Billie Holiday, also known as Lady Day, is the undisputed queen of jazz. She was born named Eleanora Fagan in Philadelphia on April 7, 1915 to a single mother. Holiday did not have an easy childhood. Her mother often left her in the care of relatives as she went to find work, and Holiday dropped out of school at age 11. Holiday was first introduced to jazz in her early teen years, and would often sing along to records by Bessie Smith and Louis Armstrong. This would be her only real training in music.
In 1929, Holiday joined her mother in Harlem, which at the time was a hotbed for jazz musicians in particular, and began singing at nightclubs around the neighborhood for tips, either as a soloist or as part of a group. She adopted the name Billie Holiday early in her career. The origins of this name are unclear, though it is generally accepted that she fashioned her name after the movie star Billie Dove and possibly her father, Clarence Holiday.
Holiday eventually paired up with her neighbor, Kenneth Hollan, a tenor saxophonist, and the two of them played nightclubs together from 1929 to 1931. Her reputation as a singer grew and grew, and she began to draw crowds with her name alone. It was also during this time that she reconnected with her father, who was playing in Fletcher Henderson’s orchestra.
Her big break came in 1932, when she was 17. The producer John Hammond heard Holiday, and arranged for her to record a number of songs with Benny Goodman and his band, who were quickly rising to prominence. With Hammond’s record label, Brunswick Records, Holiday recorded “What a Little Moonlight Can Do” and “Miss Brown to You” in 1935, and the two singles became her first hits. She became famous for her improvisation and her ability to transform current pop hits into jazz.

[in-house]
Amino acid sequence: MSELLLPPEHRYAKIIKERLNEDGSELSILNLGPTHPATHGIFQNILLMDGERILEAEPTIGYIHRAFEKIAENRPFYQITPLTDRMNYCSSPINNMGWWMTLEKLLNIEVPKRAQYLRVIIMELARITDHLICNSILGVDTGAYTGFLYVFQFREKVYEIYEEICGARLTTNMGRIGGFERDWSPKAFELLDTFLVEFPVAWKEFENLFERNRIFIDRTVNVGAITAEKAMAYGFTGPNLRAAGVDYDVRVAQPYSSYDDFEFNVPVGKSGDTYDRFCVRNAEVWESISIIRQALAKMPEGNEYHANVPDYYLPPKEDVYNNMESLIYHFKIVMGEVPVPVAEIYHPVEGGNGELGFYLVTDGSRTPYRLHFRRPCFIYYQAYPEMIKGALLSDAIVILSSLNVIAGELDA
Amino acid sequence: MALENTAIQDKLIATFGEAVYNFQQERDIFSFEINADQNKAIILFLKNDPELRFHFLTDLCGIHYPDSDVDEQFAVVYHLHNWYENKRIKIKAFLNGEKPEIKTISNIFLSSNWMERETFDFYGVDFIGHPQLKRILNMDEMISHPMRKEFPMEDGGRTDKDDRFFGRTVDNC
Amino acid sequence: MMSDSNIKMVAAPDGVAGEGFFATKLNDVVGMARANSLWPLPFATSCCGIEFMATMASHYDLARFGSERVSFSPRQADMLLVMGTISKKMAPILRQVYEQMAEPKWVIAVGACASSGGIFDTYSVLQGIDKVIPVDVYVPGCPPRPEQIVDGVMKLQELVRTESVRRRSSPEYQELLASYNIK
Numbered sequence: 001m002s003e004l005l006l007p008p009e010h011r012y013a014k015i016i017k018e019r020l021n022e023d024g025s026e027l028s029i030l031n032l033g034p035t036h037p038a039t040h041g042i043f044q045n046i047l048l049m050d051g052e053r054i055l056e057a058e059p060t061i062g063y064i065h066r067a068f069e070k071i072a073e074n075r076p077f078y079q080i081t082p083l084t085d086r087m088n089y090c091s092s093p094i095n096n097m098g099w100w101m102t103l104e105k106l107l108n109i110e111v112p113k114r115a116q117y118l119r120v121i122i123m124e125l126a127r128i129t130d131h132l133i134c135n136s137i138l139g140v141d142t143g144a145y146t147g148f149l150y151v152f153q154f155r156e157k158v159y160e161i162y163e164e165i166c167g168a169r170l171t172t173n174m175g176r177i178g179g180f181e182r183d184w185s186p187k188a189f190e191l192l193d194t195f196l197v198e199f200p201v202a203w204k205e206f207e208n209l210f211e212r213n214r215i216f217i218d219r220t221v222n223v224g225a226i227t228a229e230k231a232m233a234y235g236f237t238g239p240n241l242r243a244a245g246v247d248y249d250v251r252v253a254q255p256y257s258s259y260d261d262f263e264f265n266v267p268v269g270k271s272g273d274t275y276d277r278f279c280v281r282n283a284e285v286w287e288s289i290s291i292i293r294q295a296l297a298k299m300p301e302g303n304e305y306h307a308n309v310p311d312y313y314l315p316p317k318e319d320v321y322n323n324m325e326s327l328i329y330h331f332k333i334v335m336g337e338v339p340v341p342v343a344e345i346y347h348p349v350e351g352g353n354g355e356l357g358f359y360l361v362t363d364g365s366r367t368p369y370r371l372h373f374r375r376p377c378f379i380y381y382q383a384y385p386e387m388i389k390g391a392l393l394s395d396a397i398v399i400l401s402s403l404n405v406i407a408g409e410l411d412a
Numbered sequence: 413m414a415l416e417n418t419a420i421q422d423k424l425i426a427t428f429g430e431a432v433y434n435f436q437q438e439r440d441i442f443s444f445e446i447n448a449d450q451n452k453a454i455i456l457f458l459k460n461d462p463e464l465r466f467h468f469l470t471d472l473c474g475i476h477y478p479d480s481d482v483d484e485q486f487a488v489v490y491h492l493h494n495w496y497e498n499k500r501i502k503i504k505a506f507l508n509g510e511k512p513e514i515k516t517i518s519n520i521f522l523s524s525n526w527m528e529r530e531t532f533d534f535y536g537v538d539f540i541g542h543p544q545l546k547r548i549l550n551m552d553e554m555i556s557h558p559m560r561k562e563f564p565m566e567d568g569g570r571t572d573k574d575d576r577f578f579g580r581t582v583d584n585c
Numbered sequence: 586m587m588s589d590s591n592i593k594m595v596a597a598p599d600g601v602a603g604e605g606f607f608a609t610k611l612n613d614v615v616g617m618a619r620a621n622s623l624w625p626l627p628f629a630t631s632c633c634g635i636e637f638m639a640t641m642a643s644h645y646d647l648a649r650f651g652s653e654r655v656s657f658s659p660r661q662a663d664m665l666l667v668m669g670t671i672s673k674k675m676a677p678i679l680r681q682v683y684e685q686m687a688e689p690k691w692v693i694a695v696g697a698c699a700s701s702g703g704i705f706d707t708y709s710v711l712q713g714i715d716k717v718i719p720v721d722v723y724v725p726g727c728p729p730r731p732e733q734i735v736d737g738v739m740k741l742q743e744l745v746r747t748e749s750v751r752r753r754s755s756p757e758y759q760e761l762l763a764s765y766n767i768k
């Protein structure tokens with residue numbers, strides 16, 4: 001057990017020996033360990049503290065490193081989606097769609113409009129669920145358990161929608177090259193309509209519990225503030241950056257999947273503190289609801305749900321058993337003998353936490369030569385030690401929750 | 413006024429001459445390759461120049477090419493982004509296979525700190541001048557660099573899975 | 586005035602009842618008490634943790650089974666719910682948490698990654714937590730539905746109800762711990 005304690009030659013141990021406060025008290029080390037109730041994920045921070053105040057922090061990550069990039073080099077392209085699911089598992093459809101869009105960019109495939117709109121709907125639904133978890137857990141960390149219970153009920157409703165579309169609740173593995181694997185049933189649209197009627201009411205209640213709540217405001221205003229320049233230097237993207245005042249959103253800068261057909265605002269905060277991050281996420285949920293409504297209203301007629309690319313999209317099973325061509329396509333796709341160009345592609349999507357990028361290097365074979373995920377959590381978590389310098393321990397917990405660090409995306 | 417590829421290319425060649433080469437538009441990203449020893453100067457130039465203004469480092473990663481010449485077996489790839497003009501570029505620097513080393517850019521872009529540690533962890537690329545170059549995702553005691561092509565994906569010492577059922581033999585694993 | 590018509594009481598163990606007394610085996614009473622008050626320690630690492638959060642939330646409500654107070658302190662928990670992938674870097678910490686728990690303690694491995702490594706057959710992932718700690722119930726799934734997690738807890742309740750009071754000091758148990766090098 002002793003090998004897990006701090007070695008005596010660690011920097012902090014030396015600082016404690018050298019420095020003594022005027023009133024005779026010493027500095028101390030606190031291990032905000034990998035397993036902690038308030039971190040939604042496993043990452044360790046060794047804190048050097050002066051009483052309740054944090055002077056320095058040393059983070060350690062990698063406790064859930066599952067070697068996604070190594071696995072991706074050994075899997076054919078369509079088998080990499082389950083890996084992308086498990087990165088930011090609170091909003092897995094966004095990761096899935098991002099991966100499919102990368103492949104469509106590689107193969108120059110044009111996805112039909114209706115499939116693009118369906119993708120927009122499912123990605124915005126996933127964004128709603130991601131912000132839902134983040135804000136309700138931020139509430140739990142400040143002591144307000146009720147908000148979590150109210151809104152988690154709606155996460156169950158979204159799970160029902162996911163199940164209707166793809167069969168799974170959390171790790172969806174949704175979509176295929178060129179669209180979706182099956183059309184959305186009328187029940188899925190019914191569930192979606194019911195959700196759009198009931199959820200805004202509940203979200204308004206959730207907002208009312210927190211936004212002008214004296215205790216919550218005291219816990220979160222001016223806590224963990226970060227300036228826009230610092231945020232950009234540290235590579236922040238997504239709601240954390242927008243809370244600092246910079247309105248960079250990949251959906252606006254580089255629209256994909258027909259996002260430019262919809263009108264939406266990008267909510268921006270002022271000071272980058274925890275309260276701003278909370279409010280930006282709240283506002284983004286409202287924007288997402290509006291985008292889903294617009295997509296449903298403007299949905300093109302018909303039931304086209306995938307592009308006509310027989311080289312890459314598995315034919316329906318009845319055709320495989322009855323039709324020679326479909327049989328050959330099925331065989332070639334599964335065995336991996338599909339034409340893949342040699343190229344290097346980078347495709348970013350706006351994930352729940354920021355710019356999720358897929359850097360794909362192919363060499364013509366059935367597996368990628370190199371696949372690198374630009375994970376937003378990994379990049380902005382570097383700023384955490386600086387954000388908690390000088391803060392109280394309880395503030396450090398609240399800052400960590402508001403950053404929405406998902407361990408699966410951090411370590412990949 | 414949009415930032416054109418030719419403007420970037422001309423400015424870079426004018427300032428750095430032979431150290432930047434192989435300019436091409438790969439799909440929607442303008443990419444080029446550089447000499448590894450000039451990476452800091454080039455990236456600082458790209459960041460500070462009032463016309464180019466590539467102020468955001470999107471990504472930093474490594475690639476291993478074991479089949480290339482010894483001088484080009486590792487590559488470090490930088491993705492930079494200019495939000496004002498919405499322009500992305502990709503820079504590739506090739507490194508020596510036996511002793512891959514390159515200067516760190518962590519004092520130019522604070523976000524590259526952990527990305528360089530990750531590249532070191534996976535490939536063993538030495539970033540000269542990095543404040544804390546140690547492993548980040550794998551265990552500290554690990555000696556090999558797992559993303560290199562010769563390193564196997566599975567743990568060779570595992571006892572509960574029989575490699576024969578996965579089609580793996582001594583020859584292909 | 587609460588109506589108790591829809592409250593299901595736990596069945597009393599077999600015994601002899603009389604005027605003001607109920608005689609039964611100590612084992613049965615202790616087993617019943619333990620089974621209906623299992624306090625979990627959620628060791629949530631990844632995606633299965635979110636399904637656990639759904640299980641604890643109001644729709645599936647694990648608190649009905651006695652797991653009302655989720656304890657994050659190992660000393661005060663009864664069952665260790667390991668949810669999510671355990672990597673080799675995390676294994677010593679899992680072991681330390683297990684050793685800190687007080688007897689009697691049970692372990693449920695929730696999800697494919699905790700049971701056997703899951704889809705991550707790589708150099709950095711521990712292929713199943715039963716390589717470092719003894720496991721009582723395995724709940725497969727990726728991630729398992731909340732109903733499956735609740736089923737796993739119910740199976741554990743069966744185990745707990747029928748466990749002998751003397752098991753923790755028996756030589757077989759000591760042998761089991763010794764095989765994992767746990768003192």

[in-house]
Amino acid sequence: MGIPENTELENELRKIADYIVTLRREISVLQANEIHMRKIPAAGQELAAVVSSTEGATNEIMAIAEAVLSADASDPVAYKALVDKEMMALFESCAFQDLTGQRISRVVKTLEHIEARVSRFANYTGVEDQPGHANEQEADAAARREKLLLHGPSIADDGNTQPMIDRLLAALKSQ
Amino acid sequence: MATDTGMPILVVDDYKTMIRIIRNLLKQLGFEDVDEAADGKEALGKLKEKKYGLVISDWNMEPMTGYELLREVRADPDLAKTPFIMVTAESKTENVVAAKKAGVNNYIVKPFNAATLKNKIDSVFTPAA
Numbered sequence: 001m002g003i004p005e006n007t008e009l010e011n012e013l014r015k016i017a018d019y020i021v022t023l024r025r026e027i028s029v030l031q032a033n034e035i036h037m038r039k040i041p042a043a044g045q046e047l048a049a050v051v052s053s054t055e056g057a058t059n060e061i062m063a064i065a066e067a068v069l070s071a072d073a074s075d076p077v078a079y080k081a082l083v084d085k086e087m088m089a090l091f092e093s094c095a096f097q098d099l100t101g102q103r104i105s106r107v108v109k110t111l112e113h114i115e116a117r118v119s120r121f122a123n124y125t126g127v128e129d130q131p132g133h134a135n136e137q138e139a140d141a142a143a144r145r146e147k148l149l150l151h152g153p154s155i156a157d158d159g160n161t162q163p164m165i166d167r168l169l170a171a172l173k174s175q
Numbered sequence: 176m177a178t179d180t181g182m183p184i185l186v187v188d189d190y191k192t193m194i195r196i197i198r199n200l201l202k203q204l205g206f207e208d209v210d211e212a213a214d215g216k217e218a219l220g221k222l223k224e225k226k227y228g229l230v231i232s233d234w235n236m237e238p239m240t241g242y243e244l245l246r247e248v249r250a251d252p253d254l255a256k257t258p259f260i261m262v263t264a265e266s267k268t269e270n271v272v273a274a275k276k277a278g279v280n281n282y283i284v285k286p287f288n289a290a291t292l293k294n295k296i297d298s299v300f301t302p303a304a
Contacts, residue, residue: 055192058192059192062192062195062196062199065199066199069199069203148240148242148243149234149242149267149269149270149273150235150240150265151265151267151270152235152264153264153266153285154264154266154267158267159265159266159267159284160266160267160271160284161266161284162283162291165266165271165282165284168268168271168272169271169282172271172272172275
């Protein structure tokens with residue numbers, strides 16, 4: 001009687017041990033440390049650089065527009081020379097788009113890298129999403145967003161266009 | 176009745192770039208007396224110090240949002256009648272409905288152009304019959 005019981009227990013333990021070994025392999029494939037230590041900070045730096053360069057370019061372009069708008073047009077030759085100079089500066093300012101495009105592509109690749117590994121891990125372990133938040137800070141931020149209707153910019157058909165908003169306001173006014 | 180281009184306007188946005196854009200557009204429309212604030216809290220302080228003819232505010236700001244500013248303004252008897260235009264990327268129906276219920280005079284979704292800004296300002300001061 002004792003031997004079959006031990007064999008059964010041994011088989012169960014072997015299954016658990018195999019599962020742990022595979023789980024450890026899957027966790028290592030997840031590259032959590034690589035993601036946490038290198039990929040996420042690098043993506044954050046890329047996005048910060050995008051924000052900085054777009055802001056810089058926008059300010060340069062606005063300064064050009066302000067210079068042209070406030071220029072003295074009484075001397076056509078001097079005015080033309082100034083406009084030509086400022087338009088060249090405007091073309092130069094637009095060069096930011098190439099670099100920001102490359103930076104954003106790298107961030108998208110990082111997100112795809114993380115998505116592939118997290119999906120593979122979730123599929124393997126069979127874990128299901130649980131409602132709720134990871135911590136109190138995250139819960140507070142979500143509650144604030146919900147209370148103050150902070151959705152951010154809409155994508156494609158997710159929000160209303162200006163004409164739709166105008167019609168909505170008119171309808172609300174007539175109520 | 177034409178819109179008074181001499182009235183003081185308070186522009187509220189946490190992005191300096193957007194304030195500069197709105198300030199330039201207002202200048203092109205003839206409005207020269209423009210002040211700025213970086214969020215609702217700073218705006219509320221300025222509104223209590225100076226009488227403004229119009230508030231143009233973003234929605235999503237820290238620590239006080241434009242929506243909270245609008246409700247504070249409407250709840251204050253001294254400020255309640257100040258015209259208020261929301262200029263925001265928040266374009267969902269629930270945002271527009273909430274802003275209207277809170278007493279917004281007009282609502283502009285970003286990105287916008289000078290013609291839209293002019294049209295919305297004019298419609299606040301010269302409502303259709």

In 1937, Holiday began singing and arranging music with Count Basie, with whom she would record another of her hits, “Summertime.” The two of them were often pitted against Ella Fitzgerald and Chick Webb, yet the competition only served to make them each more famous. Shortly before leaving Basie in 1939, Holiday was picked up by Artie Shaw, making her the first black woman to work with a white orchestra.
Yet 1939 was her most important year. She was introduced to the poem “Strange Fruit” by Abel Meeropol. She was immediately drawn to it, but was hesitant to perform it, especially since she had generally stuck to upbeat songs beforehand. But after performing it live at Café Society and recording it with Commodore Records, it became an immediate hit. “Strange Fruit” was an instant classic, and brought attention to Holiday like never before.
Holiday would continue to record hit after hit well into the ‘40s, the most popular being “God Bless the Child,” which sold more than a million copies. Her career waned in the ‘50s, mostly due to her dependence on alcohol and drugs. She ended her career with two sold-out shows at Carnegie Hall in 1956. She died in 1959 at the age of 44.
Billie Holiday was not only one of the most popular jazz musicians of the era. She was also one of its most distinctive and celebrated singers. Her raspy voice and heavy diction became synonymous with her name, and her inherent musicality made her an icon of the jazz era.